“I love you.”
She stopped in her tracks, processing what he just said. His tone of voice was grudging, angry even. Like he was resentful she had forced him to say the words. Whatever relief she felt a minute ago disappeared instantly. Her heart was beating so fast se worried it would explode out of her chest. Taking a deep breath, she closed her eyes. For so long she’d wanted to hear him say those words, but the only time he’d uttered them was when she was about to kill herself. Something any decent human being would say, even to a stranger, under such extreme circumstances. And now, because of whatever reason he was hiding. Feeling her resolve return, she faced him and started speaking to him with the same patient voice she used at work. “You’re a proud man, I know you find love to be beneath you. So that probably was an extremely difficult thing for you to say. Thank you.”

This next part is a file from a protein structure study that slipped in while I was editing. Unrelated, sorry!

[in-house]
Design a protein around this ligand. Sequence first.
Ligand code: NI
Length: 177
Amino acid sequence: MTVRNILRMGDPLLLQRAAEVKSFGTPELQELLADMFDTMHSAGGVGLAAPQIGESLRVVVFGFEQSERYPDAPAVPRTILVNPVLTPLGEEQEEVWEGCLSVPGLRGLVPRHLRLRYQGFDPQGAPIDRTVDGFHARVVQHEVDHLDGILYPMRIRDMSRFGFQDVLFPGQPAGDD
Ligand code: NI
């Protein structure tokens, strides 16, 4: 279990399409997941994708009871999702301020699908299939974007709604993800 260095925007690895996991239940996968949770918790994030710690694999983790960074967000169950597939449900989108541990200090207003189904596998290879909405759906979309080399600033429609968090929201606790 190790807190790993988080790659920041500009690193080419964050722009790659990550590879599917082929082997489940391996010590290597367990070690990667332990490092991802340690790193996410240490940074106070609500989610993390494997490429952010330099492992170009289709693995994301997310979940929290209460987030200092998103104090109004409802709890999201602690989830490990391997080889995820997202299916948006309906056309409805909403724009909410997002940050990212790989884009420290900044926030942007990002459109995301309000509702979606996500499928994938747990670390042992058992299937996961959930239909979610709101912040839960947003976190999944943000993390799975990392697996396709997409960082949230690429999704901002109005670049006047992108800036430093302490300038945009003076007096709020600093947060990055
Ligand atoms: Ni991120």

He appeared bewildered, his gaze holding hers. “I don’t want your fucking gratitude. What I want is for you to tell me you feel the same.”
Of course he did. Because Kuzgun would never put himself out there if he didn’t think the outcome was guaranteed. It’s how he had successfully maneuvered through life. “The problem, Kuzgun, is that I don’t believe you.”
The tick on his face returned, his jaw clenched. “You think I’m lying?”